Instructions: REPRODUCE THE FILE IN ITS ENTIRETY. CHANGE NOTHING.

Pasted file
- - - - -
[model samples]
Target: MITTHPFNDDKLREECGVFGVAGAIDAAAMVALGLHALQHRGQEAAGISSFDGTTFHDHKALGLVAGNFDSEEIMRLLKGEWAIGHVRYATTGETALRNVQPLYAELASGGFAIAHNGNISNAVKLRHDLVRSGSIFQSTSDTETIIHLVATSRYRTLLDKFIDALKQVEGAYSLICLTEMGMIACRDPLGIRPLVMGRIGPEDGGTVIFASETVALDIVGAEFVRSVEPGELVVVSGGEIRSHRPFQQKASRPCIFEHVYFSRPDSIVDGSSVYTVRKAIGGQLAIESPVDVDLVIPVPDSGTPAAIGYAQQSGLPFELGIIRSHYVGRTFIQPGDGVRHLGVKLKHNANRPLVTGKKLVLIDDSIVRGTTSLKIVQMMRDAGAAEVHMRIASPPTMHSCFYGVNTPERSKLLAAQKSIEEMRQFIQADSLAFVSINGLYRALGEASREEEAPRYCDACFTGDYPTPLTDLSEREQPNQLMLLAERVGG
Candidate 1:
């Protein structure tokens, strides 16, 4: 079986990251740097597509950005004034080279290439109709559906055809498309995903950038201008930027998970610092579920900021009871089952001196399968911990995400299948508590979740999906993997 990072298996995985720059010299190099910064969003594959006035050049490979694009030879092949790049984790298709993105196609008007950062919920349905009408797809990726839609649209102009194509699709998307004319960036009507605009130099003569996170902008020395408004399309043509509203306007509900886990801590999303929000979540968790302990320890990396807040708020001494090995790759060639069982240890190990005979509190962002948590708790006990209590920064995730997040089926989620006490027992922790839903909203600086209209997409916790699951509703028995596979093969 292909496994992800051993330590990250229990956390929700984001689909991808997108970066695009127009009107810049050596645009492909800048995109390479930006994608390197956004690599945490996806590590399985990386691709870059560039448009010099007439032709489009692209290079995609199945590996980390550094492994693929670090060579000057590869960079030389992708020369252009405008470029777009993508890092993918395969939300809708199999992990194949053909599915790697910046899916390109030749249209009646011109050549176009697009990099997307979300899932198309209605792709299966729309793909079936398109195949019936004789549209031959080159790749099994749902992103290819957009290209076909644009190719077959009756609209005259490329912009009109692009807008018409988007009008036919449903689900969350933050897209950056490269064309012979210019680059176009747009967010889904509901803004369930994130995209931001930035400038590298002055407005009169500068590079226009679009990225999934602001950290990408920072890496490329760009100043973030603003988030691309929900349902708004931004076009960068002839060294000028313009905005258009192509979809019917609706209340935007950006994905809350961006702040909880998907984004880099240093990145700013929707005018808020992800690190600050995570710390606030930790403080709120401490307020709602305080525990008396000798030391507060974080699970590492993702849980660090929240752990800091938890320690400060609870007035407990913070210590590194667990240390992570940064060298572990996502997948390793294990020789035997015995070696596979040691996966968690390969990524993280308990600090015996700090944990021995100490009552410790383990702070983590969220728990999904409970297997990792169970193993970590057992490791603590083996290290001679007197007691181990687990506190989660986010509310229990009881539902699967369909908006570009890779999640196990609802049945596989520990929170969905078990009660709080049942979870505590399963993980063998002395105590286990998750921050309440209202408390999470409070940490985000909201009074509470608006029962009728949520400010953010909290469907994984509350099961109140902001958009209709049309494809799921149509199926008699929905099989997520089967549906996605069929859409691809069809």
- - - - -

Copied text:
[model samples]
Target: MITTHPFNDDKLREECGVFGVAGAIDAAAMVALGLHALQHRGQEAAGISSFDGTTFHDHKALGLVAGNFDSEEIMRLLKGEWAIGHVRYATTGETALRNVQPLYAELASGGFAIAHNGNISNAVKLRHDLVRSGSIFQSTSDTETIIHLVATSRYRTLLDKFIDALKQVEGAYSLICLTEMGMIACRDPLGIRPLVMGRIGPEDGGTVIFASETVALDIVGAEFVRSVEPGELVVVSGGEIRSHRPFQQKASRPCIFEHVYFSRPDSIVDGSSVYTVRKAIGGQLAIESPVDVDLVIPVPDSGTPAAIGYAQQSGLPFELGIIRSHYVGRTFIQPGDGVRHLGVKLKHNANRPLVTGKKLVLIDDSIVRGTTSLKIVQMMRDAGAAEVHMRIASPPTMHSCFYGVNTPERSKLLAAQKSIEEMRQFIQADSLAFVSINGLYRALGEASREEEAPRYCDACFTGDYPTPLTDLSEREQPNQLMLLAERVGG
Candidate 1:
């Protein structure tokens, strides 16, 4: 079986990251740097597509950005004034080279290439109709559906055809498309995903950038201008930027998970610092579920900021009871089952001196399968911990995400299948508590979740999906993997 990072298996995985720059010299190099910064969003594959006035050049490979694009030879092949790049984790298709993105196609008007950062919920349905009408797809990726839609649209102009194509699709998307004319960036009507605009130099003569996170902008020395408004399309043509509203306007509900886990801590999303929000979540968790302990320890990396807040708020001494090995790759060639069982240890190990005979509190962002948590708790006990209590920064995730997040089926989620006490027992922790839903909203600086209209997409916790699951509703028995596979093969 292909496994992800051993330590990250229990956390929700984001689909991808997108970066695009127009009107810049050596645009492909800048995109390479930006994608390197956004690599945490996806590590399985990386691709870059560039448009010099007439032709489009692209290079995609199945590996980390550094492994693929670090060579000057590869960079030389992708020369252009405008470029777009993508890092993918395969939300809708199999992990194949053909599915790697910046899916390109030749249209009646011109050549176009697009990099997307979300899932198309209605792709299966729309793909079936398109195949019936004789549209031959080159790749099994749902992103290819957009290209076909644009190719077959009756609209005259490329912009009109692009807008018409988007009008036919449903689900969350933050897209950056490269064309012979210019680059176009747009967010889904509901803004369930994130995209931001930035400038590298002055407005009169500068590079226009679009990225999934602001950290990408920072890496490329760009100043973030603003988030691309929900349902708004931004076009960068002839060294000028313009905005258009192509979809019917609706209340935007950006994905809350961006702040909880998907984004880099240093990145700013929707005018808020992800690190600050995570710390606030930790403080709120401490307020709602305080525990008396000798030391507060974080699970590492993702849980660090929240752990800091938890320690400060609870007035407990913070210590590194667990240390992570940064060298572990996502997948390793294990020789035997015995070696596979040691996966968690390969990524993280308990600090015996700090944990021995100490009552410790383990702070983590969220728990999904409970297997990792169970193993970590057992490791603590083996290290001679007197007691181990687990506190989660986010509310229990009881539902699967369909908006570009890779999640196990609802049945596989520990929170969905078990009660709080049942979870505590399963993980063998002395105590286990998750921050309440209202408390999470409070940490985000909201009074509470608006029962009728949520400010953010909290469907994984509350099961109140902001958009209709049309494809799921149509199926008699929905099989997520089967549906996605069929859409691809069809």